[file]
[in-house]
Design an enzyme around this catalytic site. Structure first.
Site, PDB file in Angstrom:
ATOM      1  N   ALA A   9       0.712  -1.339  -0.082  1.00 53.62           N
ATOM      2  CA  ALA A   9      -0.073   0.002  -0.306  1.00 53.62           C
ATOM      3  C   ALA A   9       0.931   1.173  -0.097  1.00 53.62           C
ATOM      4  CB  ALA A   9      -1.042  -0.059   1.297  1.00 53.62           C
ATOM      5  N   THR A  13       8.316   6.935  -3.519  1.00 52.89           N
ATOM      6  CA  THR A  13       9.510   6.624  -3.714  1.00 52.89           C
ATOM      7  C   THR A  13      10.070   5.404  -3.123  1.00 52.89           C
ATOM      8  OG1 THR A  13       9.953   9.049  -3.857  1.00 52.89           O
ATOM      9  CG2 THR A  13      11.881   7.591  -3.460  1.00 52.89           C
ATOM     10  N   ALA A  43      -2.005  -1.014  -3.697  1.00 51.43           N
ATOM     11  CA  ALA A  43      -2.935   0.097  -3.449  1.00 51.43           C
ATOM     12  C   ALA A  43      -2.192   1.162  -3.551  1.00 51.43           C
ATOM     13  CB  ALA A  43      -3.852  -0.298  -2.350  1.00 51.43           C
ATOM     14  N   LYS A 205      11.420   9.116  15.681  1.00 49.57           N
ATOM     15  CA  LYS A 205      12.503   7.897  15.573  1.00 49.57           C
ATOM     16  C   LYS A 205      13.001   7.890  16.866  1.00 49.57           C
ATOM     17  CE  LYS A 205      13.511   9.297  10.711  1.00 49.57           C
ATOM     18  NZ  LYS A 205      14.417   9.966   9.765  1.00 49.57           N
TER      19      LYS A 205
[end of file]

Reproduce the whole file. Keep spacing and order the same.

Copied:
[in-house]
Design an enzyme around this catalytic site. Structure first.
Site, PDB file in Angstrom:
ATOM      1  N   ALA A   9       0.712  -1.339  -0.082  1.00 53.62           N
ATOM      2  CA  ALA A   9      -0.073   0.002  -0.306  1.00 53.62           C
ATOM      3  C   ALA A   9       0.931   1.173  -0.097  1.00 53.62           C
ATOM      4  CB  ALA A   9      -1.042  -0.059   1.297  1.00 53.62           C
ATOM      5  N   THR A  13       8.316   6.935  -3.519  1.00 52.89           N
ATOM      6  CA  THR A  13       9.510   6.624  -3.714  1.00 52.89           C
ATOM      7  C   THR A  13      10.070   5.404  -3.123  1.00 52.89           C
ATOM      8  OG1 THR A  13       9.953   9.049  -3.857  1.00 52.89           O
ATOM      9  CG2 THR A  13      11.881   7.591  -3.460  1.00 52.89           C
ATOM     10  N   ALA A  43      -2.005  -1.014  -3.697  1.00 51.43           N
ATOM     11  CA  ALA A  43      -2.935   0.097  -3.449  1.00 51.43           C
ATOM     12  C   ALA A  43      -2.192   1.162  -3.551  1.00 51.43           C
ATOM     13  CB  ALA A  43      -3.852  -0.298  -2.350  1.00 51.43           C
ATOM     14  N   LYS A 205      11.420   9.116  15.681  1.00 49.57           N
ATOM     15  CA  LYS A 205      12.503   7.897  15.573  1.00 49.57           C
ATOM     16  C   LYS A 205      13.001   7.890  16.866  1.00 49.57           C
ATOM     17  CE  LYS A 205      13.511   9.297  10.711  1.00 49.57           C
ATOM     18  NZ  LYS A 205      14.417   9.966   9.765  1.00 49.57           N
TER      19      LYS A 205